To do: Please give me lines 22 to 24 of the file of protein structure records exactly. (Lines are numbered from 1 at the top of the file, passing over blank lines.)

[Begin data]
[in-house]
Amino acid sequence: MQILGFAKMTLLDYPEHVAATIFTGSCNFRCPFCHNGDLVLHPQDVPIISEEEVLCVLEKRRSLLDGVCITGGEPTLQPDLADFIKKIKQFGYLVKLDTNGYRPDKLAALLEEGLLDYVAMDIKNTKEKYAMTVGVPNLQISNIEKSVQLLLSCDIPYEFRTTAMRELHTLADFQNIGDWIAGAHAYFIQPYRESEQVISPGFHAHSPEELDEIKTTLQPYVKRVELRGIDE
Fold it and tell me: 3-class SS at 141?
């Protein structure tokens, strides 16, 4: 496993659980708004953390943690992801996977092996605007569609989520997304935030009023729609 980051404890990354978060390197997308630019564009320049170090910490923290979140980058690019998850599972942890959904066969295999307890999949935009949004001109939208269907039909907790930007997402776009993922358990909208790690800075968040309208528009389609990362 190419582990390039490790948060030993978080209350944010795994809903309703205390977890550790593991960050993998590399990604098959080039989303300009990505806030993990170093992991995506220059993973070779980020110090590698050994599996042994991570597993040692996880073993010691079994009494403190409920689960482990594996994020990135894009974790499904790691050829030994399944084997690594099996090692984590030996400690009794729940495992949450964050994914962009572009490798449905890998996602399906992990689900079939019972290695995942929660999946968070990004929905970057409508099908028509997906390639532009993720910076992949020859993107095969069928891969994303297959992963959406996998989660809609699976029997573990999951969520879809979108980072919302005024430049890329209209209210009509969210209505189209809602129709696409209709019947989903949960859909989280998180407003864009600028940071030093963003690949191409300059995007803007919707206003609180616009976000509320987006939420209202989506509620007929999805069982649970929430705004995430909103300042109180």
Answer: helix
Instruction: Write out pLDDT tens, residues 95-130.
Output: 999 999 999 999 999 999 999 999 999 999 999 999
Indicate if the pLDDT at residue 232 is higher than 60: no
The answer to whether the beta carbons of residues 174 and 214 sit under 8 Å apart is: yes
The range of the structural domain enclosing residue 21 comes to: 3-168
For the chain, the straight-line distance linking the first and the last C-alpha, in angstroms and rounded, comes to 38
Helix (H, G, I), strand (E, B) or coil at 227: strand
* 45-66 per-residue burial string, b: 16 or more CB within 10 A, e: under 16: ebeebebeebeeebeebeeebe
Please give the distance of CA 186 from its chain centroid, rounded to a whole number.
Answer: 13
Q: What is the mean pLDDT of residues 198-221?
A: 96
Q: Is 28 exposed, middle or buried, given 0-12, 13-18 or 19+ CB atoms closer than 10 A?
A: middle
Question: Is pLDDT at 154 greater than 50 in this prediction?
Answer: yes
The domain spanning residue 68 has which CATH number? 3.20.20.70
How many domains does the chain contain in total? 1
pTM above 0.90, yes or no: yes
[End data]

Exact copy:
The domain spanning residue 68 has which CATH number? 3.20.20.70
How many domains does the chain contain in total? 1
pTM above 0.90, yes or no: yes